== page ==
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Tips for Building Smaller Homes, Greener Homes

I recently spent the month in Mexico, in a 900 sq. ft. apartment with my husband and two young boys. Our house in Madison is around 1700 sq. ft. with extra space in the basement and the 2 car garage for storage. Surprisingly enough, it is wonderful living in a smaller space. I was a bit worried at first yet right away I started discovering more and more reasons to embrace and love it. A couple of months ago I was talking to my dear friend Sonya Newenhouse who is in the midst of building a modular home in Viroqua WI and I told her my biggest concern in moving to smaller space with two growing boys is winter time. Here in Mexico we spend many hours outside and that is probably part of the reason I don't notice the claustrophobic feeling that we get in the middle of winter when the kids have a lot of energy and are bouncing off the walls wishing they could go out and play. Here are some great tips for ways to embrace and create large living in small spaces.

Creating Space with Less Square Footage

Although a high ceiling, larger mirror, and natural light make a modest bathroom feel larger, actually cutting square feet from a home is more difficult than it sounds. Here are a few "small ideas" to make a small green home more functional and attractive.

Add Inches to Height: Instead of eight foot ceilings,  have nine foot ceilings. This keeps small rooms from seeming cramped. 

Eliminate Attics: The usable space under the attic can be used for visual appeal, conditioned storage, and loft space.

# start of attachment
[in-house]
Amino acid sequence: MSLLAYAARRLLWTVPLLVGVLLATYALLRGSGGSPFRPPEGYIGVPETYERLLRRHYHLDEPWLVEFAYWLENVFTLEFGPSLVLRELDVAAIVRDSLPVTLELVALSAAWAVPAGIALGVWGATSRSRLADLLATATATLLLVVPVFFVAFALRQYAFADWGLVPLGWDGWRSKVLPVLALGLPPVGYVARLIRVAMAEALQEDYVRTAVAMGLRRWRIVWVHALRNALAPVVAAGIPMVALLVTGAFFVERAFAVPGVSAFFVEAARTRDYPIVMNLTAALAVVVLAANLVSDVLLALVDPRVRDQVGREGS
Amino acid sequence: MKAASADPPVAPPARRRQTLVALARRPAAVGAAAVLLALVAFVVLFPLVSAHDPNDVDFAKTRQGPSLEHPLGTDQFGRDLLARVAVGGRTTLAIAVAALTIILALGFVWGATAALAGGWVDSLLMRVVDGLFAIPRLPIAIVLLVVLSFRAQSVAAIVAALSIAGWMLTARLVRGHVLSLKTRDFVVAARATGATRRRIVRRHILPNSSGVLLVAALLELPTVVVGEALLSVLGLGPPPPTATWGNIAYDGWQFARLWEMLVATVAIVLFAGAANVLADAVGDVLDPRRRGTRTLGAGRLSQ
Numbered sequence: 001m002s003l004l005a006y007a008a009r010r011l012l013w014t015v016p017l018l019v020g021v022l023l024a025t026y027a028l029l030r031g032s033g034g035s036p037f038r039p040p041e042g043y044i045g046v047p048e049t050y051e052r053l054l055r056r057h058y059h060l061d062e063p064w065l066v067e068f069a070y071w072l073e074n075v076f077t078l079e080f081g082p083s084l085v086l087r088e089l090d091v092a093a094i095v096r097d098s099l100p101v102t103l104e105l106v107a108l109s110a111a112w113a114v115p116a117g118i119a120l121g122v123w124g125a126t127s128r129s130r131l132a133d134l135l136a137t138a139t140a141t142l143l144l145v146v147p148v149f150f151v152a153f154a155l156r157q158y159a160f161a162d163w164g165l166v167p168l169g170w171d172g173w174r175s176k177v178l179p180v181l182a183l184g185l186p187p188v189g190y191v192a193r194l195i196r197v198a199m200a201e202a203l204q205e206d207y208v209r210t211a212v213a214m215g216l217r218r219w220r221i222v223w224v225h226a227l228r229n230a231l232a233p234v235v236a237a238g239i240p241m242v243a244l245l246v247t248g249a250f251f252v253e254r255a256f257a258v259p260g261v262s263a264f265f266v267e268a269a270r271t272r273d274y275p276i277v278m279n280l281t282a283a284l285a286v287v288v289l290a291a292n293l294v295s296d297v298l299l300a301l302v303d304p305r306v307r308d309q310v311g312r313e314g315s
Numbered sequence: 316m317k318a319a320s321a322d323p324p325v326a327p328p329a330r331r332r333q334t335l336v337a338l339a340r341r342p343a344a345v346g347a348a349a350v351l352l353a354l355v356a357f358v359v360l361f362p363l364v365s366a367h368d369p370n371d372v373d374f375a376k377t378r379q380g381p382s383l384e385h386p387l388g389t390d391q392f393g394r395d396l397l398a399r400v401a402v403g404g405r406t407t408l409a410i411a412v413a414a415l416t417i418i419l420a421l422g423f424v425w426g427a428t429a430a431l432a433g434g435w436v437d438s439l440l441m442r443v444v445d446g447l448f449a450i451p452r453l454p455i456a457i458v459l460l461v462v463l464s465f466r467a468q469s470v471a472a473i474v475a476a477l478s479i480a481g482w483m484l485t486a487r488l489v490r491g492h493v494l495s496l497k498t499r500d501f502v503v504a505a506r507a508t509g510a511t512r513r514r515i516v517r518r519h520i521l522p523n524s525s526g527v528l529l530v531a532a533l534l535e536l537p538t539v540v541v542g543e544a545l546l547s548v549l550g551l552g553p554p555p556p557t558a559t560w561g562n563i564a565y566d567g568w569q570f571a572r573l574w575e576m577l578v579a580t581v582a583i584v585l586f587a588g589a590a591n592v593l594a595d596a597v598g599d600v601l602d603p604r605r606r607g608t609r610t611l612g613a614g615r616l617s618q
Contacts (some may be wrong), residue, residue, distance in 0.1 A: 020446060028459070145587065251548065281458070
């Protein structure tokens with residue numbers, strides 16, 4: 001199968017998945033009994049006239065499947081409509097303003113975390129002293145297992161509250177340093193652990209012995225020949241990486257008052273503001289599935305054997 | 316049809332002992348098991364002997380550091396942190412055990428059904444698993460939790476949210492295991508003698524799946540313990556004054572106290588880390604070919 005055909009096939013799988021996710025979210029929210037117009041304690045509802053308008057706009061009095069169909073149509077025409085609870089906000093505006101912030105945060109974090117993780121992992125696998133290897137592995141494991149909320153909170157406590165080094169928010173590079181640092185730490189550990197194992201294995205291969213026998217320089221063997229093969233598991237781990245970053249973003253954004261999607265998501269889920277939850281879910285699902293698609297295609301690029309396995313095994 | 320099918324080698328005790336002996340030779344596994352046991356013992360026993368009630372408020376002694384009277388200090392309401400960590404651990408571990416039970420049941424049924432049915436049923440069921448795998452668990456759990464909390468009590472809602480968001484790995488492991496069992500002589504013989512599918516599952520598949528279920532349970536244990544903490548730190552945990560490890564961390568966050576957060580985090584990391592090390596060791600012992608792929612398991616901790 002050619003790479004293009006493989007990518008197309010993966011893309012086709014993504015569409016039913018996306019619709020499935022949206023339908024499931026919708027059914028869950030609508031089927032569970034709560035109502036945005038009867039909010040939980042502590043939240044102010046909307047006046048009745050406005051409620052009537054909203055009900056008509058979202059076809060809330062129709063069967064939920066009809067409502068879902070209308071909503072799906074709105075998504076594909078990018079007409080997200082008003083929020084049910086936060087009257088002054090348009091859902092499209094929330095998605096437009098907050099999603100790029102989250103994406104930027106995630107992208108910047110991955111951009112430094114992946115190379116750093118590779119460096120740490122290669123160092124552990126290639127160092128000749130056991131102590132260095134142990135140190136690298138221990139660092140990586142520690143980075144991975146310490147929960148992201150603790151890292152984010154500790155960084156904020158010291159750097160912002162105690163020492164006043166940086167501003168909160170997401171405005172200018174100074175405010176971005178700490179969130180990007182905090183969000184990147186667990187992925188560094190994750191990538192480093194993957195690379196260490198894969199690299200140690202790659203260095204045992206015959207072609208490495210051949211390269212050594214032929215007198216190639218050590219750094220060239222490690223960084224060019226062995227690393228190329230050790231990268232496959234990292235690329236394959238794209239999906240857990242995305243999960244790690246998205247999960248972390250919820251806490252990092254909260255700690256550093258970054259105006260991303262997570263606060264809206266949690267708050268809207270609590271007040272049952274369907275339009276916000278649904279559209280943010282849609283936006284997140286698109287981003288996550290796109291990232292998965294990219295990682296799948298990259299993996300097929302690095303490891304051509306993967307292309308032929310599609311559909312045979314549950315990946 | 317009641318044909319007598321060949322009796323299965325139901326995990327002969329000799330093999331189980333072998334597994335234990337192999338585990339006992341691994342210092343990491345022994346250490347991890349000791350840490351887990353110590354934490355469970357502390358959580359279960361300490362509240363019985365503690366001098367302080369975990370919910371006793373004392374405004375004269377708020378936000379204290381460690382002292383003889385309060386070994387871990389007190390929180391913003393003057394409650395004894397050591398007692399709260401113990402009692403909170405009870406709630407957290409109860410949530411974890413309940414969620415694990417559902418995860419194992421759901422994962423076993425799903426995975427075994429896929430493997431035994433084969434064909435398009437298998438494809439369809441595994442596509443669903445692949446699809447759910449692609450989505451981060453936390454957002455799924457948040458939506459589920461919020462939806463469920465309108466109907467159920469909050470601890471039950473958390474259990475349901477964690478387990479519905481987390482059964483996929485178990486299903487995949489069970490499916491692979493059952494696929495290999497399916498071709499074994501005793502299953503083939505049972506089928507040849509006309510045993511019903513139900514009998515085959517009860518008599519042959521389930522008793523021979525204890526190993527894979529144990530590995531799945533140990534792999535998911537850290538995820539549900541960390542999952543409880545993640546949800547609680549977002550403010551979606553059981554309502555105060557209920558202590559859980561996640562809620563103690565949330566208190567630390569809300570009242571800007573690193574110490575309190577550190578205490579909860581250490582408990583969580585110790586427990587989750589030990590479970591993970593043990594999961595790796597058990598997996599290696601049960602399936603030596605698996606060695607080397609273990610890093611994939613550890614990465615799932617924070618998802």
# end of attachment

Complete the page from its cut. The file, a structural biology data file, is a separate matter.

Eliminate Halls: Halls take up space that can be used for storage or larger rooms. Traffic patterns can cross rooms. 

Separate Space: Rather than building walls, separate spaces with changes in materials or ceiling height., Furniture, such as a bookcase perpendicular to a wall, also separates space without a wall.

Eliminate Formals: Do you use a parlor or a formal dining room more than a few times a year? Plan a larger kitchen or use two separate sitting areas within one living area. A living-dining area with a small, windowed breakfast nook in (or off) the kitchen adds visual space and usability to both rooms. When not eating, use the breakfast nook for homework or use the dining table for games and extra seating for guests.

Use Space Under Roof Peak: Look for a small second story under the peak of the roof. It costs less than first-story space because it uses far fewer resources to build.

I hope these are useful tips as we all learn to challenge how we live and be aware of our habits. I encourage you all to follow Sonya's videos and track the progress of her home. There is so much to learn. We also have many more tips on our website and encourage you to send us your tips, thoughts or ideas for sustainable living in your home and community.

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